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Flashcards in Ch. 4 pt. 2 GD Deck (20)
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1

Populism

Nineteenth-century political movement favoring greater government intervention and policies such as the nationalization of the railroads. Historian Arthur Schlesinger argued that the New Deal mimicked the movements of Populism and Progressivism.

2

Progressivism

Late nineteenth century and early twentieth-century political movement to expand the role of the government in dealing with social and economic problems and tackle corruption and abuses.
Historians have argued that, like populism, this influenced the New Deal.

3

Social Security

Relief and benefits for those in need of government support, such as the old and sick. When FDR presented the Second New Deal legislation package, Harry Hopkins was excited by the inclusion of social security.

4

US Chamber of Commerce

non-governmental organization responsible for speaking for business in the USA. Roosevelt was angry with them because they attacked his policies in May 1935, and he believed he had been elected to save American business and felt let down by the lack of support from American business.

5

WPA

Works Progress Administration; As part of the Emergency Relief Appropriation Act, Harry Hopkins was given control of the new WPA, which recruited people for public works projects. It became a major employer- by 1941, it employed 20% of the workforce. It only employed people for one year and did not compete with private enterprise.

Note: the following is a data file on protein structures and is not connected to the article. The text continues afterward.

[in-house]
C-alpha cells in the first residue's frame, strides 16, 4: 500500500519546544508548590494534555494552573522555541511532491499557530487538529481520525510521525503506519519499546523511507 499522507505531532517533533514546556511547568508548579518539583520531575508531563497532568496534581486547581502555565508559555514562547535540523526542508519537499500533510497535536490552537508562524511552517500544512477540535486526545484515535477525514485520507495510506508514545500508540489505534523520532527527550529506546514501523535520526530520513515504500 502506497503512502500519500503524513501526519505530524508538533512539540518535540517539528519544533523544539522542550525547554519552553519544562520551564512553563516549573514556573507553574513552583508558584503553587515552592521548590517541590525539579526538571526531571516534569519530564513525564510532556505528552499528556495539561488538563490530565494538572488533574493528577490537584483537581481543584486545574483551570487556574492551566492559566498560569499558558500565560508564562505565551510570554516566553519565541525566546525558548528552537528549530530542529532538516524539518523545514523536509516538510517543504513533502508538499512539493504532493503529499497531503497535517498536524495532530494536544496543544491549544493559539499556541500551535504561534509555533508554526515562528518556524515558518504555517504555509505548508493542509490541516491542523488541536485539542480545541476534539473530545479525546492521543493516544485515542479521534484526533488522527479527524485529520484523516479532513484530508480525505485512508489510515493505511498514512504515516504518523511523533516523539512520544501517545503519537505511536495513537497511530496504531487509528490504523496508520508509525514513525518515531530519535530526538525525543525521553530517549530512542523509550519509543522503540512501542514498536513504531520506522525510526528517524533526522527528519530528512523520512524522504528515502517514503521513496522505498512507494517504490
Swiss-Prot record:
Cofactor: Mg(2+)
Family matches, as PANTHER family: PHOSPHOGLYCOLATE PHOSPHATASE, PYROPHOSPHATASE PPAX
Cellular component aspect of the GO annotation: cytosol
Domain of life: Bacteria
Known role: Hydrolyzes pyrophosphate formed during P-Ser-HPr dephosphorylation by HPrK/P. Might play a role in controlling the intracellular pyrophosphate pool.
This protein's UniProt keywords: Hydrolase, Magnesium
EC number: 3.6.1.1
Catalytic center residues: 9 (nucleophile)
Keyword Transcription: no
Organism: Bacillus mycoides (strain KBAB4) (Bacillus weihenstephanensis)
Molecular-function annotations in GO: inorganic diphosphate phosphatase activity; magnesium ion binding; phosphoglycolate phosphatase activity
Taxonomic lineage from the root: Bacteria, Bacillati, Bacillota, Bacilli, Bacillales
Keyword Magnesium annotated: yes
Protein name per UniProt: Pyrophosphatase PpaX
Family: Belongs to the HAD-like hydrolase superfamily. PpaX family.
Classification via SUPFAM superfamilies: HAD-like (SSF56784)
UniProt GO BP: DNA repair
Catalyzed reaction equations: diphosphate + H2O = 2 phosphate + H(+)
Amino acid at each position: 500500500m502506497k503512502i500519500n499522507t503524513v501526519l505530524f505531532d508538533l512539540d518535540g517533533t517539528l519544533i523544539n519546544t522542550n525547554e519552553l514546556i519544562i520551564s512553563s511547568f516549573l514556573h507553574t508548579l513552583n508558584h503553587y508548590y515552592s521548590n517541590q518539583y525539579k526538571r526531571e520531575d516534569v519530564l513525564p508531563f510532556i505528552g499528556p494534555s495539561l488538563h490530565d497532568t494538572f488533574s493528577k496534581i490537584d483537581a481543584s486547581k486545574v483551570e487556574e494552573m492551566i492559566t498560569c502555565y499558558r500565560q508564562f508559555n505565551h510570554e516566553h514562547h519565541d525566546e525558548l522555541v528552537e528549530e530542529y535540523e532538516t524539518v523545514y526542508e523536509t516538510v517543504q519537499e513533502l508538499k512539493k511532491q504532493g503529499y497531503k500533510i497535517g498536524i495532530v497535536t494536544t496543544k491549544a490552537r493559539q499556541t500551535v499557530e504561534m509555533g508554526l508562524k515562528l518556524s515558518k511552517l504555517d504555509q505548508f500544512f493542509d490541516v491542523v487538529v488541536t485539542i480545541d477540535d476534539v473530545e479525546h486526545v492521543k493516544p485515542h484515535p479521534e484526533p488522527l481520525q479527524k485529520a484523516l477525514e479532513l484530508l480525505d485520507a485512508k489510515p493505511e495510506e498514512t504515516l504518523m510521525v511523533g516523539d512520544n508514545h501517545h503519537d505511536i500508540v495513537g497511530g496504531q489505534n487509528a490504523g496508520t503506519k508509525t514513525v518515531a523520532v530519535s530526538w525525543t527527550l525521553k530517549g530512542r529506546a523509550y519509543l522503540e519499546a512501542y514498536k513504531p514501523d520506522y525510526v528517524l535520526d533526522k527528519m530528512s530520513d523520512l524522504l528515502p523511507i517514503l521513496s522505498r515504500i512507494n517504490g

6

NYA

National Youth Administration. Set up to encourage education and provide part time jobs for students. There was a division for African American students, too, to ensure that they got a more fair chance; this was led by Mary Bethune, a black lady. Eleanor Roosevelt also encouraged minorities to participate in government schemes.

7

REA

Rural Electrification Administration, May 1935, formed to build generating plants and power lines in rural areas because so few farms had electricity since it was not profitable for companies to cater to farm electricity. But the REA offered low-interest loans for farmers to acquire electricity.

8

RA

Resettlement Administration, May 1935, This was the product of a decision to merge all rural rehabilitation projects into one new agency. It was run by agricultural economist Rexford Tugwell, who planned to move families to better farming areas. However, it failed because it only moved 4441 families because it was expensive, and generally, people did not actually want to move to better land.

9

Greenbelt communities

As part of the RA and Tugwell’s plan, he wanted to build new greenbelt communities, but he only completed 3- Greenbelt, Maryland, Greenville, Ohio, and Greendale, Wisconsin. Greenbelt communities were new towns in rural areas based on careful planning with residential, commerical, and industrial sectors separated.

10

Deficit spending

when the government spends more than it receives in income. The Revenue (Wealth) Tax Act was intended to raise more money through taxing the rich, which FDR hoped would decrease the need for deficit spending.

11

Federal Inheritance tax

government tax on the estate of the deceased. This was one of the measures of the Revenue Tax Act that was defeated in Congress.

12

Payroll Taxes

taxes paid by employers for each of their employees. The Social Security Act of 1935 allowed unemployment insurance to be paid for by payroll taxes. This was the first act to provide national benefits, but it was not direct relief because people had to buy into it

13

Sick chicken case